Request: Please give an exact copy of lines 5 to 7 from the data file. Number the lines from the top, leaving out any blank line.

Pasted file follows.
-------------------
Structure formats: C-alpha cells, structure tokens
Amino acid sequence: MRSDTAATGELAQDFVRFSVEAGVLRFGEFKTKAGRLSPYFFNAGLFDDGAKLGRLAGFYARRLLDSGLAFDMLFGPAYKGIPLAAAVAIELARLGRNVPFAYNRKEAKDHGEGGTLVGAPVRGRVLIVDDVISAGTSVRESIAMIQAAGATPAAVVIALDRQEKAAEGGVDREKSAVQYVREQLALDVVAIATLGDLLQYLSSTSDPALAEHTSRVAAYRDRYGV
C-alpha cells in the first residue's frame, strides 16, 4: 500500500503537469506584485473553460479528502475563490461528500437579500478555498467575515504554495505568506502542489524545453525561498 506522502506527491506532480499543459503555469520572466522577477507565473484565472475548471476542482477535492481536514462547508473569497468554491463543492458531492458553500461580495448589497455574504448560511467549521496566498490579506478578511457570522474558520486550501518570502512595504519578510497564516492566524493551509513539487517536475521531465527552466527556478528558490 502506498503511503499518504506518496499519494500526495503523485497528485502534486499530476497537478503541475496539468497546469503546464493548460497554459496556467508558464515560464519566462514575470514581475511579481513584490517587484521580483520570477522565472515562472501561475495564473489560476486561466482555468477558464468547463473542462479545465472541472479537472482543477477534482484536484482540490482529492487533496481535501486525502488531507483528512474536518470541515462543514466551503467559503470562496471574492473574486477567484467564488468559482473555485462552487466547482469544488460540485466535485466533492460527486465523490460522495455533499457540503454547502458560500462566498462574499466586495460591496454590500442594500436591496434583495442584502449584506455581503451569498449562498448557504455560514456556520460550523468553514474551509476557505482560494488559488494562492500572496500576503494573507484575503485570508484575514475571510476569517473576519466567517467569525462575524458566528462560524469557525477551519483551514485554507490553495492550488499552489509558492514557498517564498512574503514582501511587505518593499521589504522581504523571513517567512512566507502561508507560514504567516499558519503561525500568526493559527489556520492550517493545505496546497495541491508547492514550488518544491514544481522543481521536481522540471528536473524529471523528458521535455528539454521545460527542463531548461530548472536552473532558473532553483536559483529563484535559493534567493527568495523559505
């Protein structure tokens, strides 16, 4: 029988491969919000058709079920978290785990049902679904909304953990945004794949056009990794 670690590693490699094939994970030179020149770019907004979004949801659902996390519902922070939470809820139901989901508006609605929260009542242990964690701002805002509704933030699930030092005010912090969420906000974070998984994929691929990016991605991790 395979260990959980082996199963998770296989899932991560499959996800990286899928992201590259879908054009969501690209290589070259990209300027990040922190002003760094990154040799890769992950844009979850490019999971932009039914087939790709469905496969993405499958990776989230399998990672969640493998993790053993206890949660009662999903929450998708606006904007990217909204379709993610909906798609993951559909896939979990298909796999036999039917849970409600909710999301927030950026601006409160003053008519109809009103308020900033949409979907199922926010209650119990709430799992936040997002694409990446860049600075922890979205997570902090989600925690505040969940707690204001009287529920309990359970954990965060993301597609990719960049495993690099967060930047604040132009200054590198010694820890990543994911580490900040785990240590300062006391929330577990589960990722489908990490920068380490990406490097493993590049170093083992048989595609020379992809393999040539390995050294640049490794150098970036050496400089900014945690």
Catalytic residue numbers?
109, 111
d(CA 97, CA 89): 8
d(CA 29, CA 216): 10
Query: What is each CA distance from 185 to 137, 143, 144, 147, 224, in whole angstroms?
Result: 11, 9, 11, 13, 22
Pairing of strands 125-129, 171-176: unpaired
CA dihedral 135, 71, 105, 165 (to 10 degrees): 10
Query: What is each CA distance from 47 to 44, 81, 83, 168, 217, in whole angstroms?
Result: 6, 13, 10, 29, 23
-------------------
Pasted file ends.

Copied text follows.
Catalytic residue numbers?
109, 111
d(CA 97, CA 89): 8